Train Localization and Speed Estimation Using On-Board Inertial and Magnetic Sensors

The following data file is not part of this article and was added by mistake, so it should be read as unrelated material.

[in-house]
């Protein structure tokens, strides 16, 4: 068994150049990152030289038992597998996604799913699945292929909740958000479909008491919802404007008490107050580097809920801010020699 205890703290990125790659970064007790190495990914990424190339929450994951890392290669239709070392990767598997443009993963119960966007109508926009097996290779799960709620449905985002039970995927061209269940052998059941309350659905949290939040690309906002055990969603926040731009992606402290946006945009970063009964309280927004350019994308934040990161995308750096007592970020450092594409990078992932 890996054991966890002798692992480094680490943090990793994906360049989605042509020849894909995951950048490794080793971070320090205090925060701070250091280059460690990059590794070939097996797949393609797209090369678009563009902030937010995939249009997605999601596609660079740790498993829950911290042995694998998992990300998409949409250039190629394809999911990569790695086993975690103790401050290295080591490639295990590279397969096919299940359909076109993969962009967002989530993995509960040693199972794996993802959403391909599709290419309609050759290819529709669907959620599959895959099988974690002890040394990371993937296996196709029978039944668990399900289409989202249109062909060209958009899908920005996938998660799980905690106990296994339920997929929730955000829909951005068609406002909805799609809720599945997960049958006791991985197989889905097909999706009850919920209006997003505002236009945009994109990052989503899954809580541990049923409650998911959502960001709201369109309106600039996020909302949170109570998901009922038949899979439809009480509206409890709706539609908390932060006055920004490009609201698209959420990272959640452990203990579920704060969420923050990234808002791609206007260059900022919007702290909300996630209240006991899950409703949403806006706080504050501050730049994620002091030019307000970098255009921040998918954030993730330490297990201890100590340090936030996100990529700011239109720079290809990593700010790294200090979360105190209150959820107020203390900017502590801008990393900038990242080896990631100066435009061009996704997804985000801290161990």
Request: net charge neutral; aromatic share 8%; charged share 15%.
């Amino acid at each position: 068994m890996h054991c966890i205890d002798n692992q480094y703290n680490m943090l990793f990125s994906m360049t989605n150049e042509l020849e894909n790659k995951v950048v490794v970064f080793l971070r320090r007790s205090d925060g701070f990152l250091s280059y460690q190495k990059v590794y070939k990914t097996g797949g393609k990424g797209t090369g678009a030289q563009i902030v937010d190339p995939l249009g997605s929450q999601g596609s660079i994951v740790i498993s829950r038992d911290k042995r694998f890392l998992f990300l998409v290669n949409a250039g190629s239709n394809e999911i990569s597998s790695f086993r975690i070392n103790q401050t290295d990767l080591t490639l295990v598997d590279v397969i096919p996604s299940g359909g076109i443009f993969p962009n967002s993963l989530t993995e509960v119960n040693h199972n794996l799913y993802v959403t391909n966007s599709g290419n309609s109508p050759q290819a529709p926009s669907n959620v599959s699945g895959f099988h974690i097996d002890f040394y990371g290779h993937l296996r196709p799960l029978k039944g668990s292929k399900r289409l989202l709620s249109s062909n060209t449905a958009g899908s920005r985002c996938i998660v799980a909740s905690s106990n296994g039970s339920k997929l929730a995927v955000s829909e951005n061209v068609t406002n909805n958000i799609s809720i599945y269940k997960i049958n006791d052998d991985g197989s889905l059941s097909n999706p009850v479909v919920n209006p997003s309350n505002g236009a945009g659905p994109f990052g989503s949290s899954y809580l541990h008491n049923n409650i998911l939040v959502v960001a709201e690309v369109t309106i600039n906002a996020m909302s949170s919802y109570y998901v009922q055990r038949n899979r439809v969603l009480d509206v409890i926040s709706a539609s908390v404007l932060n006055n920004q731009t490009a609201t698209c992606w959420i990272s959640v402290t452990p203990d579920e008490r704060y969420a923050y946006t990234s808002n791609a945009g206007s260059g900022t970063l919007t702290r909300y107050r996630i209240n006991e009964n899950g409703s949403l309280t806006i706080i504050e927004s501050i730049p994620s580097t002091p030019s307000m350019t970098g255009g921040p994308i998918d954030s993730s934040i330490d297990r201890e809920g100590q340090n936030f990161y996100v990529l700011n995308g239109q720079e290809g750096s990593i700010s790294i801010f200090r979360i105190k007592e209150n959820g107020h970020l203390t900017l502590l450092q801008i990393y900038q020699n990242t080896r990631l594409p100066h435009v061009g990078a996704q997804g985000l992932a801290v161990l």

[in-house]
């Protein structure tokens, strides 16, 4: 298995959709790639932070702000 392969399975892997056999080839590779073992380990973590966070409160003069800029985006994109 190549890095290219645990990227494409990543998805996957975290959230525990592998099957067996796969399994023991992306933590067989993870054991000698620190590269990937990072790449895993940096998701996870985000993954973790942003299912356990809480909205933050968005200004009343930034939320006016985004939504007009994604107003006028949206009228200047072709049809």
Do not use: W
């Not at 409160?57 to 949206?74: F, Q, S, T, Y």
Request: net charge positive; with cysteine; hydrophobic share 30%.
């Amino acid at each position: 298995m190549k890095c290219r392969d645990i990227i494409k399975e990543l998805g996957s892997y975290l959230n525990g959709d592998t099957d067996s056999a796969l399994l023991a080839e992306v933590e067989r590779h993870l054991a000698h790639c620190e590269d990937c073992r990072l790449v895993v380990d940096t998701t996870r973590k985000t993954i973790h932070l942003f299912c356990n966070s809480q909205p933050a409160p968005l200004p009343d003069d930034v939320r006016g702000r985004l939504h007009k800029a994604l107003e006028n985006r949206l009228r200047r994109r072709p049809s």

Positioning systems for trains are traditionally based on track-side infrastructure, implying costs for both installation and maintenance. A reliable on-board system would therefore be attractive. Sufficient reliability for on-board systems is likely going to require a multi-sensor solution. This thesis investigates how measurements from bogie-mounted inertial and magnetic sensors can contribute to such a system. The first part introduces and compares two different methods for estimating the speed. The first one estimates the fundamental frequency of the variations in the magnetic field, and the second one analyses the mechanical vibrations using the accelerometer and gyro, where one mode is due to the wheel irregularities. The second part introduces and evaluates a method for train localization using magnetic signatures. The method is evaluated both as a solution for localization along a given track and at switchways. Overall, the results in both parts show that bogie-mounted inertial and magnetic sensors provide accurate estimates of both speed (within 0.5 m/s typically) and location (3-5 m accuracy typically).
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